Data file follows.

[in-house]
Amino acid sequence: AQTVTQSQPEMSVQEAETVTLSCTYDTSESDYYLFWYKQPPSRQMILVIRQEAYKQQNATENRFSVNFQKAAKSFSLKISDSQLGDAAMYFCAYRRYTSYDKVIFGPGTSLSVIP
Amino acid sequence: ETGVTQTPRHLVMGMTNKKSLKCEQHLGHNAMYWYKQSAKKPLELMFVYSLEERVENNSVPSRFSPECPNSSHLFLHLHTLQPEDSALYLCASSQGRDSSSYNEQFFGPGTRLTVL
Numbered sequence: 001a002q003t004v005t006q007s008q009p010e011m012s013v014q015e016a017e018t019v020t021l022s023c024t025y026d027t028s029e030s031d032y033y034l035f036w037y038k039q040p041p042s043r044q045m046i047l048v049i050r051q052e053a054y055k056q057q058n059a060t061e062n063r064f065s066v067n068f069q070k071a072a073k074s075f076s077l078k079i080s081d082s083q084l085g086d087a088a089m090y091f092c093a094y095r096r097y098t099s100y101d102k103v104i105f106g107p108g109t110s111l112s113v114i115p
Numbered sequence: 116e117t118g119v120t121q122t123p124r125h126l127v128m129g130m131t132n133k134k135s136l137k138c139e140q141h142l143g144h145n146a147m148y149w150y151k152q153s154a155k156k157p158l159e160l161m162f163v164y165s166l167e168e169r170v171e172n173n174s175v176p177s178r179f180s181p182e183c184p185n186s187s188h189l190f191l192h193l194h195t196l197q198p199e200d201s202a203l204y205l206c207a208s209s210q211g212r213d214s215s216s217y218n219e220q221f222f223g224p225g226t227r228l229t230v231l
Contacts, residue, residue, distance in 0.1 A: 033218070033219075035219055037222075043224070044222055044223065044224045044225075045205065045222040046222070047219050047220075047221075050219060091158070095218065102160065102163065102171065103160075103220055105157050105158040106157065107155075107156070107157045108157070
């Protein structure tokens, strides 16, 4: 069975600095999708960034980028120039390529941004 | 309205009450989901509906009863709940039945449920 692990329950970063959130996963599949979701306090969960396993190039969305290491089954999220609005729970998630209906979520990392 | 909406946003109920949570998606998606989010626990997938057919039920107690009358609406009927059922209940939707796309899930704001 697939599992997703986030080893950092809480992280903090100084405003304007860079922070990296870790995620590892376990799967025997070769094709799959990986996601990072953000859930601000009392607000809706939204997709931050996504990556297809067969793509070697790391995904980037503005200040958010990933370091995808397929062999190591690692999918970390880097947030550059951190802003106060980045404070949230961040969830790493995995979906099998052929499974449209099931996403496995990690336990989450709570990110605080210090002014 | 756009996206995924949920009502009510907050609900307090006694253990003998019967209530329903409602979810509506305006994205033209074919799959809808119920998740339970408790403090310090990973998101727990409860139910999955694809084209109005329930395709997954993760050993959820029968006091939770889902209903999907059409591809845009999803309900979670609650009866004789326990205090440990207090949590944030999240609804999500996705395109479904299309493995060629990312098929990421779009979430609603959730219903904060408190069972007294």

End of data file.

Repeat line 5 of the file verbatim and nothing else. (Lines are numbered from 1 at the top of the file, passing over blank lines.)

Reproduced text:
Numbered sequence: 116e117t118g119v120t121q122t123p124r125h126l127v128m129g130m131t132n133k134k135s136l137k138c139e140q141h142l143g144h145n146a147m148y149w150y151k152q153s154a155k156k157p158l159e160l161m162f163v164y165s166l167e168e169r170v171e172n173n174s175v176p177s178r179f180s181p182e183c184p185n186s187s188h189l190f191l192h193l194h195t196l197q198p199e200d201s202a203l204y205l206c207a208s209s210q211g212r213d214s215s216s217y218n219e220q221f222f223g224p225g226t227r228l229t230v231l